"How Do You Write Your Music Therapy Goals and Objectives?”: Seeking Canadian Perspectives


  • Nicola Oddy Concordia University and Carleton University
  • Annabelle Brault Concordia University


music therapy, goals, objectives, Canadian perspective, diversity, qualitative goals, quantitative goals, music therapy education


The purpose of this exploratory research was to begin to understand how experienced Canadian music therapists write goals and objectives and to learn how the language we use reflects one’s therapeutic relationship with clients and the contexts in which we practise. The formation of goals and objectives as part of treatment planning is often considered to be an integral part of the work of music therapists, as seen in mainstream literature as a whole and—more specific to this study—in the practicum handbooks provided by Canadian music therapy training programs. To gain insight into how Canadian music therapists write their goals and objectives, a descriptive qualitative survey research design was used and responses from 19 experienced Canadian music therapists were analyzed using thematic analysis. A literature review of published music therapy writing and university teaching materials was completed. The study uncovered 19 ways that Canadian music therapists write—and do not write—goals and objectives, which correlates with the great diversity of music therapy practice in Canada. Six themes emerged when examining the respondents’ articulation of goals and objectives: the viewpoint of the therapist; the use of the word “will”; the direction of the therapeutic process; the use of qualitative, quantitative, and/or music-centred perspectives; the choice to not write goals and objectives; and the therapist’s use of domains. Study findings are discussed and ideas for further research are suggested.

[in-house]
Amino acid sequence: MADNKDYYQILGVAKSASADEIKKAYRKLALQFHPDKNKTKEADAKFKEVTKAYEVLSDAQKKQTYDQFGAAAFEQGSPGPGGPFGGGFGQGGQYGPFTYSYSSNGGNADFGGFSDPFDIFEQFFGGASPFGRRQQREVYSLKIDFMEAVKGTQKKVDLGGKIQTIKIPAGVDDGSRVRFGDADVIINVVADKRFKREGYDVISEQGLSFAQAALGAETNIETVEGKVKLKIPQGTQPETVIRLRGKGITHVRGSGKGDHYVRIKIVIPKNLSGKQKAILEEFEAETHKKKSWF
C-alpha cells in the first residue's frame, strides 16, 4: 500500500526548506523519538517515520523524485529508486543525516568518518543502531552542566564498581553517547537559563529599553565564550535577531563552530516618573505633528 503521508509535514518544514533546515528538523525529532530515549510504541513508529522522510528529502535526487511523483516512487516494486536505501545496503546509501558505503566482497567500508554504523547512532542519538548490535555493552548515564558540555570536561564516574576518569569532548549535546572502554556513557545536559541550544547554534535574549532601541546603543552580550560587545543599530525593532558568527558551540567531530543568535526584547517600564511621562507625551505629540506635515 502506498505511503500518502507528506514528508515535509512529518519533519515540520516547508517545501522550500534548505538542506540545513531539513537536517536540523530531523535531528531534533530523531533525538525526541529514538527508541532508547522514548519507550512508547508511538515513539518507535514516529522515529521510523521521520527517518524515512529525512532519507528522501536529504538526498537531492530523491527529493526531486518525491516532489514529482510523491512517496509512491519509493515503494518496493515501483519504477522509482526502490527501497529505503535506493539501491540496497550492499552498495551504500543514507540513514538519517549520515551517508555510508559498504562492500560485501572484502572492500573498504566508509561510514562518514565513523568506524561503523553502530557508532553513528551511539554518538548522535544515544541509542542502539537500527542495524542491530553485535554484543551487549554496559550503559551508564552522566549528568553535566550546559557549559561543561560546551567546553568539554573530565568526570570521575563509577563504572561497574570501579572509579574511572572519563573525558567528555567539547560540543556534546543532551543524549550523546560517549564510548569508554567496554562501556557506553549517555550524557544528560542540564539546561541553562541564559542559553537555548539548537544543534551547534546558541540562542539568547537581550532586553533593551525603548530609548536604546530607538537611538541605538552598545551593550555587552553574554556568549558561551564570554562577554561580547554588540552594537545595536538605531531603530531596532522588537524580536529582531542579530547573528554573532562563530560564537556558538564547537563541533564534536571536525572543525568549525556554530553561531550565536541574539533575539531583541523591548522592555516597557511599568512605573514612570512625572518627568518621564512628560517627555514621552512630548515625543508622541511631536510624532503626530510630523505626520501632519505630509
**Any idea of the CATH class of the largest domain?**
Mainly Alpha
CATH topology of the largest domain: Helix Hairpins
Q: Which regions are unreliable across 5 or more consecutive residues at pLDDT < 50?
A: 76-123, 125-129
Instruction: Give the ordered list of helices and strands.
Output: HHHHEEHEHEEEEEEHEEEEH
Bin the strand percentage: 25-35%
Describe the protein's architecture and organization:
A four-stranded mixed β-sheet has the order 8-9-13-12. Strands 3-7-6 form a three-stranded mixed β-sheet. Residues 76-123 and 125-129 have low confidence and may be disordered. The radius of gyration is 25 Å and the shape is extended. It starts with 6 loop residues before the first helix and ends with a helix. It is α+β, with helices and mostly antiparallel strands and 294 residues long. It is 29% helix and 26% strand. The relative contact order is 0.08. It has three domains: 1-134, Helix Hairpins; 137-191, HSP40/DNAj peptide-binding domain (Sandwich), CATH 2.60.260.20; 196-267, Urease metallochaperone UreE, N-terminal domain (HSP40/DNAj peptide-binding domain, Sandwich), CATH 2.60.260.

Author Biographies

Nicola Oddy, Concordia University and Carleton University

Nicola R. Oddy is a voice-centred music therapist, providing internship and professional supervision. She teaches at Carleton University and Concordia University and is a PhD candidate in Cultural Mediations at Carleton University, exploring how free vocal improvisation can remove barriers between an individual and the space around them. Her work has been published in Voicework in Music Therapy: Research and Practice (2011), in the Canadian Journal of Music Therapy, and in Voices: A World Forum for Music Therapy.

Annabelle Brault, Concordia University

Annabelle Brault is a resource-oriented music therapist, musician, researcher, and educator. She is a full-time music therapy lecturer at Concordia University, graduate of the MA in Creative Arts Therapies, and the Editor, French Content of the Canadian Journal of Music Therapy. She works as a music therapist in an afterschool program for autistic young adults and for a community agency offering support for caregivers of older adults.





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